Bianca Esposito. Bar Stools. December 08th, 2017.
Some western style counter stools have a round "saddle" instead of rectangular. They are still termed western counter stools for their other qualities, such as wood as the material for both their legs and the seat. They will typically have four legs, and the neighboring legs will be connected with cross bars at different heights on neighboring sides, and same heights on opposite sides, for stability and sturdiness of construction.
This is a good question. If you ask 10 retailers, you`ll get 10 responses. In my opinion, wood bar stools are prone to problems not encountered with welded metal bar stools. Due to the soft nature of wood (when compared to steel), screws and joints tend to come loose over time- especially wood with arms. The constant outward stress on the arms can loosen the attachment points resulting in a loose feel. Legs and stretchers (horizontal support bars) can also become loose over time resulting in an unstable and potentially dangerous bar stool. Still, there are decorating situations in which only wood will work.
Adjustable height stool - from bar height to counter height: Typical adjustable height counter stool will readily adjust between the counter height of about 24 - 25 inches to 29 - 32 inches or so bar height. This will allow a stool like that to be used at the bar top, as well as at the counter top, which will add to its choices. While the bar stools and the counter stools are available in both metal or chrome or wood finish, an adjustable height stool is usually only available in the chrome finish or a stainless steel finish as these are the only ways the single foot of a stool can be made height adjustable. That single foot contains a pneumatic mechanism that uses compressed air to `lift the seat surface upward and uses the person`s own weight to lower the stool surface downward.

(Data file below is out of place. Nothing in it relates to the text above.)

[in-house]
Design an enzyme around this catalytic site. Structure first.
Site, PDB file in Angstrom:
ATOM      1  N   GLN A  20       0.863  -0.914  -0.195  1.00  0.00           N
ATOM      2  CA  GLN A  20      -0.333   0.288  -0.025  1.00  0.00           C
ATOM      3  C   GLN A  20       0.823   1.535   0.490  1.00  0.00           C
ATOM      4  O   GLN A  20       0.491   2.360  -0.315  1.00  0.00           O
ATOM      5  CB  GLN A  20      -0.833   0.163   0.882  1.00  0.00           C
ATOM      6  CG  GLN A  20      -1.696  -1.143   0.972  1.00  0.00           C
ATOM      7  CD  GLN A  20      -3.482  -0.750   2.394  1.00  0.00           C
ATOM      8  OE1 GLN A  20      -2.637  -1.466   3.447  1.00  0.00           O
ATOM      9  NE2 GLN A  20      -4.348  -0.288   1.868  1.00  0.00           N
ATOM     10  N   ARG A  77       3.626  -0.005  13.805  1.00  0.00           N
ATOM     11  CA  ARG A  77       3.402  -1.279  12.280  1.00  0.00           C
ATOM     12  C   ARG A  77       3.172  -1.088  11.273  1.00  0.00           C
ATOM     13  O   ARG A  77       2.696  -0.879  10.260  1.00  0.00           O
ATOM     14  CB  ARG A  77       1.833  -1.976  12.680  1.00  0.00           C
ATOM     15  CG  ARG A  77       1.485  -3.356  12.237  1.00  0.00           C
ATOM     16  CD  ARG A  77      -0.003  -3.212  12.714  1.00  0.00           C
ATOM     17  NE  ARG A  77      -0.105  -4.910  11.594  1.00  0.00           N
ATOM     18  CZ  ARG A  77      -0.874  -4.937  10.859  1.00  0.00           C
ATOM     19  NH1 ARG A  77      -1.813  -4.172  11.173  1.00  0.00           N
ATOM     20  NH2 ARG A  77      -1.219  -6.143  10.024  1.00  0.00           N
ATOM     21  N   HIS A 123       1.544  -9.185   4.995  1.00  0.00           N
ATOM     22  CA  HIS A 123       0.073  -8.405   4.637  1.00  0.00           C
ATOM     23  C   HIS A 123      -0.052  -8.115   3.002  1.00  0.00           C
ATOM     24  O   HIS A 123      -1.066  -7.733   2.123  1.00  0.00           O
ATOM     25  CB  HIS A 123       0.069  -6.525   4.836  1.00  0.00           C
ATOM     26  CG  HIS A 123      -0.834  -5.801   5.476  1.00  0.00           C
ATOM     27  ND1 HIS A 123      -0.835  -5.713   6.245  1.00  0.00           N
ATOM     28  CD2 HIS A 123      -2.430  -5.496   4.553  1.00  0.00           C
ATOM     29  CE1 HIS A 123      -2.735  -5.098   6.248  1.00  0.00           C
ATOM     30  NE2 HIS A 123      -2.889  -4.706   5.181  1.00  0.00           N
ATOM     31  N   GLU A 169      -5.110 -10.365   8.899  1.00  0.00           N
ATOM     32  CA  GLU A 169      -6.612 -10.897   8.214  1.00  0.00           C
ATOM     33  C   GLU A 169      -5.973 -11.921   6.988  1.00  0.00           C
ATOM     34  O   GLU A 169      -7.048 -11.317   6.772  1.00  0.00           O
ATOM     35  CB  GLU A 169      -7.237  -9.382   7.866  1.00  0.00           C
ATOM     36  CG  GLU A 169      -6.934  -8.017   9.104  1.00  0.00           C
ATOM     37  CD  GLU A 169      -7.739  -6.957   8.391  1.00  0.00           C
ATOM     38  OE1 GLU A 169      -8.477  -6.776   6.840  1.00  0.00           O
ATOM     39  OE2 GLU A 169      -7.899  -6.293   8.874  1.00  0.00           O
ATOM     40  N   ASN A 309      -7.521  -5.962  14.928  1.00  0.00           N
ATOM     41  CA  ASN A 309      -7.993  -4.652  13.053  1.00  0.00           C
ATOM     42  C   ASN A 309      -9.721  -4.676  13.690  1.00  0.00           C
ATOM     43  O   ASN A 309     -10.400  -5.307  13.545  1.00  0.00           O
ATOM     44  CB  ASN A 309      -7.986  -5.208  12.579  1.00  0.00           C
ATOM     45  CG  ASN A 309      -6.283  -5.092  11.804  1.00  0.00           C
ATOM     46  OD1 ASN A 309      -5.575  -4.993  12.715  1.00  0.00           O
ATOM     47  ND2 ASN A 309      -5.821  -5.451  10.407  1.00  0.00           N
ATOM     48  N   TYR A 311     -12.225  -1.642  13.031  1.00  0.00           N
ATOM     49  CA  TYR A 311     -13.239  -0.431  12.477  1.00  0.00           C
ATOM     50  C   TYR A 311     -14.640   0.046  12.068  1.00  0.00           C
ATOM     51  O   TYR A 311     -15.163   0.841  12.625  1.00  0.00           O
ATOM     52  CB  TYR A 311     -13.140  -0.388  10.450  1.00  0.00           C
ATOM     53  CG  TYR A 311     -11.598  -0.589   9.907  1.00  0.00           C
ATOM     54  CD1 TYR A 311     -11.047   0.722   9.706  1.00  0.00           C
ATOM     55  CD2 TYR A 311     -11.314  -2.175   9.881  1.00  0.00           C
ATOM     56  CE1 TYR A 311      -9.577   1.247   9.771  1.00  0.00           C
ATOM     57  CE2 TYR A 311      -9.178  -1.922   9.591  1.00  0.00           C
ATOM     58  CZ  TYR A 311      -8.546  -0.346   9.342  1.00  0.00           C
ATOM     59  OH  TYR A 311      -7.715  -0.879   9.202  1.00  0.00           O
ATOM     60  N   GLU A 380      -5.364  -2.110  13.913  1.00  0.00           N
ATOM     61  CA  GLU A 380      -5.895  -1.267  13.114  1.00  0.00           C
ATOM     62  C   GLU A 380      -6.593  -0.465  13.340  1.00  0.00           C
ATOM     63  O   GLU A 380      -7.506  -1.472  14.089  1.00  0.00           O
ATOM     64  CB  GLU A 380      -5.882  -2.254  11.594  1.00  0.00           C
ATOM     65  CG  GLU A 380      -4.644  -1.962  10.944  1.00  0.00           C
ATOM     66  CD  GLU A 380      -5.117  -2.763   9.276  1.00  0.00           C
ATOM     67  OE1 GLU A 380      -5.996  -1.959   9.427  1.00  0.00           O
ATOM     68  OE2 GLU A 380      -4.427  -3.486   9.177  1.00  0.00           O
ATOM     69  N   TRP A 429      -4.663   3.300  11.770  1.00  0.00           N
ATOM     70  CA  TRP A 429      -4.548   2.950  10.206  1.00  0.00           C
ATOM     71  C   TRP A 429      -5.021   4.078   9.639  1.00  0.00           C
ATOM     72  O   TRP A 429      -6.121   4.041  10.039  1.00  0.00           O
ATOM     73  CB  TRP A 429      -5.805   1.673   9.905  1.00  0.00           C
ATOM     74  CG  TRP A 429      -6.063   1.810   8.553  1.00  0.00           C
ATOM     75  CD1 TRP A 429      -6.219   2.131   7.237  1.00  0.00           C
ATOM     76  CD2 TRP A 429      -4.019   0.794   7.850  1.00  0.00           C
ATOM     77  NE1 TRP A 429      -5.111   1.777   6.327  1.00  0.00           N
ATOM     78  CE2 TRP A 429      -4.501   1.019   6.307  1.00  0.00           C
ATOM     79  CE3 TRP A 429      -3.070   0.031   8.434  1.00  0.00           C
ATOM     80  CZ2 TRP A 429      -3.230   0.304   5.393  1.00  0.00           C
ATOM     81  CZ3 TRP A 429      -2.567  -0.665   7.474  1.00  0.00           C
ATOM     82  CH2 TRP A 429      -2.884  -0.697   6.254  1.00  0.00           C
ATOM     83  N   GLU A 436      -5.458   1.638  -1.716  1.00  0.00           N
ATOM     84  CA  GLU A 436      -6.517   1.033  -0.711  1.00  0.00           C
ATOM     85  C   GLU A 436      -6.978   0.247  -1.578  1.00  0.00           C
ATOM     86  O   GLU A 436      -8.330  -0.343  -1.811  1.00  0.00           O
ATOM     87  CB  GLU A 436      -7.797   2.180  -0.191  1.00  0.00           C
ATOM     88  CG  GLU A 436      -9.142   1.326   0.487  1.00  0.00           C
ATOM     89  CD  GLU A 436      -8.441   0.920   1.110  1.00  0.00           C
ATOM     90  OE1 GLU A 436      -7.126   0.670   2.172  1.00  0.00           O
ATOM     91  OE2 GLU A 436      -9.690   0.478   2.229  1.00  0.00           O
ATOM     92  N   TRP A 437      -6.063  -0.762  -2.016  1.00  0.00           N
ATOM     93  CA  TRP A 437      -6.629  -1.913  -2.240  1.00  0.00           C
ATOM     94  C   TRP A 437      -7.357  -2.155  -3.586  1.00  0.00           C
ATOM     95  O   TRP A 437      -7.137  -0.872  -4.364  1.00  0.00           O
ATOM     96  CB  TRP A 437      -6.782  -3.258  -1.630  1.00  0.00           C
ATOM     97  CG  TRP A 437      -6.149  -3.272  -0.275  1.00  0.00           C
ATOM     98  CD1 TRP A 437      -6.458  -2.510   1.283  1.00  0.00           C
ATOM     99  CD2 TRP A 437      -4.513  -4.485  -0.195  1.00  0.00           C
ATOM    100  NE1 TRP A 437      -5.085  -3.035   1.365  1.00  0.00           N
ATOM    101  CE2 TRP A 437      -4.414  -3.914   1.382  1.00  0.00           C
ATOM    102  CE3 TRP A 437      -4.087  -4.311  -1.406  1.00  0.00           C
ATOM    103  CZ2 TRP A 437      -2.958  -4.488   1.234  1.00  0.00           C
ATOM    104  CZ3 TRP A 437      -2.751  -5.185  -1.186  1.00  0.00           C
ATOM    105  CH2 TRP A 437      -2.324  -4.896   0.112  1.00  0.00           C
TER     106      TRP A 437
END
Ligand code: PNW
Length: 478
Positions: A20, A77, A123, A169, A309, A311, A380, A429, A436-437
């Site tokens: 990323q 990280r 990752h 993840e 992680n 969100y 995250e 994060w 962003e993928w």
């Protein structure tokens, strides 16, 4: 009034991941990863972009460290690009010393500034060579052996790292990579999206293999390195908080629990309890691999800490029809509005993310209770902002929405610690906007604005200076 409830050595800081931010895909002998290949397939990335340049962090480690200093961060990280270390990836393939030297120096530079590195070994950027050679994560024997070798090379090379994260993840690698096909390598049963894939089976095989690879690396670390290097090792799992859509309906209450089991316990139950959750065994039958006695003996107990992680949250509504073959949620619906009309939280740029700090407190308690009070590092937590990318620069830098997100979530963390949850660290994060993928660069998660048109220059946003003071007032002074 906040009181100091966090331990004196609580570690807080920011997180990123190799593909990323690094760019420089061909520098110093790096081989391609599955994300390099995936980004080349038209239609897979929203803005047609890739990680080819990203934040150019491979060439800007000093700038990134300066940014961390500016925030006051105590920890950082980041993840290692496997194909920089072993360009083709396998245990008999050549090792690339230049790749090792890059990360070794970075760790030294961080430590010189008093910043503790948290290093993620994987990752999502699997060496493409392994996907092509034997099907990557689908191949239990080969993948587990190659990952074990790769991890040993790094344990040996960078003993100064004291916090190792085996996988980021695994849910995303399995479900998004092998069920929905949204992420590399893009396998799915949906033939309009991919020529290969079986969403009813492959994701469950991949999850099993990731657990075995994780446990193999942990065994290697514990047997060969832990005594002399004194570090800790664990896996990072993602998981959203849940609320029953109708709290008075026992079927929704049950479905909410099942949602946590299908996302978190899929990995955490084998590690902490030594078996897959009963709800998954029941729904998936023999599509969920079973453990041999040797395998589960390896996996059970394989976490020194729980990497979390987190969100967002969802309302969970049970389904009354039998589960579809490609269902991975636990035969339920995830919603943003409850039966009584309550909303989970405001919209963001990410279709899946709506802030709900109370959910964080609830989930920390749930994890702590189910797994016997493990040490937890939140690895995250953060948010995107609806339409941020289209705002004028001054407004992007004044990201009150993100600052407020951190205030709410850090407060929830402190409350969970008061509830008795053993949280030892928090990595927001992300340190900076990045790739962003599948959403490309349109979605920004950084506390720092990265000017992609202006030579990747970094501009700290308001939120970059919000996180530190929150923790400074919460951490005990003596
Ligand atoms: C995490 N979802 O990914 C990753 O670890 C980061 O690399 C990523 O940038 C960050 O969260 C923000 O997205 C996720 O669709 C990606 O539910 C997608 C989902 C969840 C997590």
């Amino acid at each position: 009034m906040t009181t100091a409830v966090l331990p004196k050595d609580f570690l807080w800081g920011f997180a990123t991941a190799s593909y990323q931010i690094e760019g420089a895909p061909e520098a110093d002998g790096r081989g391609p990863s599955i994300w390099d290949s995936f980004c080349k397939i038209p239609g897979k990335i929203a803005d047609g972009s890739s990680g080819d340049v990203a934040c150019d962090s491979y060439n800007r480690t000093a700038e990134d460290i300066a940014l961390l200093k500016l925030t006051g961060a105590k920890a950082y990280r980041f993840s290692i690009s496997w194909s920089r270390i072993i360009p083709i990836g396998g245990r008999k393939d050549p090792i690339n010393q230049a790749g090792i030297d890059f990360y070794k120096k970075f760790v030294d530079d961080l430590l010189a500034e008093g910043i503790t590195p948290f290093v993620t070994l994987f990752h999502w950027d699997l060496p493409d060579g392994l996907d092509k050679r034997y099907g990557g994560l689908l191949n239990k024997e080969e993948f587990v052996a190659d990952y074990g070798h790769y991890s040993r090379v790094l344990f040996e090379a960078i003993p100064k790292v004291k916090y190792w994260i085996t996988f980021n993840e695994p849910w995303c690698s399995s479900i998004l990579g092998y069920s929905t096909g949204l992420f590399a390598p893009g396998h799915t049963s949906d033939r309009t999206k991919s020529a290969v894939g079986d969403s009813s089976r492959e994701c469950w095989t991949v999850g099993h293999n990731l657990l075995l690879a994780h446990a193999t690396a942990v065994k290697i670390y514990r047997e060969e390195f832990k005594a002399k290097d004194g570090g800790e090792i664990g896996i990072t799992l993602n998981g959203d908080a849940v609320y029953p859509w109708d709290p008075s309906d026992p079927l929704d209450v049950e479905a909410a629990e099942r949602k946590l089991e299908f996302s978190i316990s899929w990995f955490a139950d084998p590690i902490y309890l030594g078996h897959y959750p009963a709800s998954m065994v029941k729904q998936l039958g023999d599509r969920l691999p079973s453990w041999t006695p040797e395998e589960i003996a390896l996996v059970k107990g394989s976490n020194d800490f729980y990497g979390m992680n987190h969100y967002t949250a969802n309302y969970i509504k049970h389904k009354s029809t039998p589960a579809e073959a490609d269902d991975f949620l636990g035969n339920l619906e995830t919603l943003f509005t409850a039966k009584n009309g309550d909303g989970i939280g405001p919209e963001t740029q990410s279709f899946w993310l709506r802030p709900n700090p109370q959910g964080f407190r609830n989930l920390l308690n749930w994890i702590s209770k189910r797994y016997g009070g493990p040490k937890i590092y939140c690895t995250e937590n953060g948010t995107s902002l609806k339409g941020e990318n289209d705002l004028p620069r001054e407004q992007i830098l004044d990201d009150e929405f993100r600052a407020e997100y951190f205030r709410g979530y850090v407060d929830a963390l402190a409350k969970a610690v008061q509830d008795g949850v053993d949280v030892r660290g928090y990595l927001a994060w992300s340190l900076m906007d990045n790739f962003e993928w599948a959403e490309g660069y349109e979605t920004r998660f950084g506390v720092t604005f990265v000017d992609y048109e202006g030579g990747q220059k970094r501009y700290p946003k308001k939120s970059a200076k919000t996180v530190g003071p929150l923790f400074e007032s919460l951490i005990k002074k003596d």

Bar Stools - Common and taken for granted: Ah, bar stools. Can any home bar ever be complete without these ubiquitous seats? With their simple designs, they are easy to integrate into any bar setting. With some creative flair, one can turn them into eye-catching accents to any room. They are tall and narrow, made that way so that pub or bar patrons can sit and drink with the counter at elbow height or thereabouts. These often utilitarian seating options also have footrests, so that patrons would not experience discomfort from their legs hanging off the edge of the seat. This basic design of seat, long legs, and footrest, has been the norm since the inception of bars and public houses themselves. They have become so common that we tend to take them for granted. When was the last time you walked into a bar and took a good look at the stools before plopping down for a drink or two? Have you ever thought about how well these seats were designed for the specific purpose of being used at a bar? More likely than not, you are likely to be amongst many who have never stopped to appreciate the common and simple things like these. The next time you see one of these iconic seating items, try considering its history and style.
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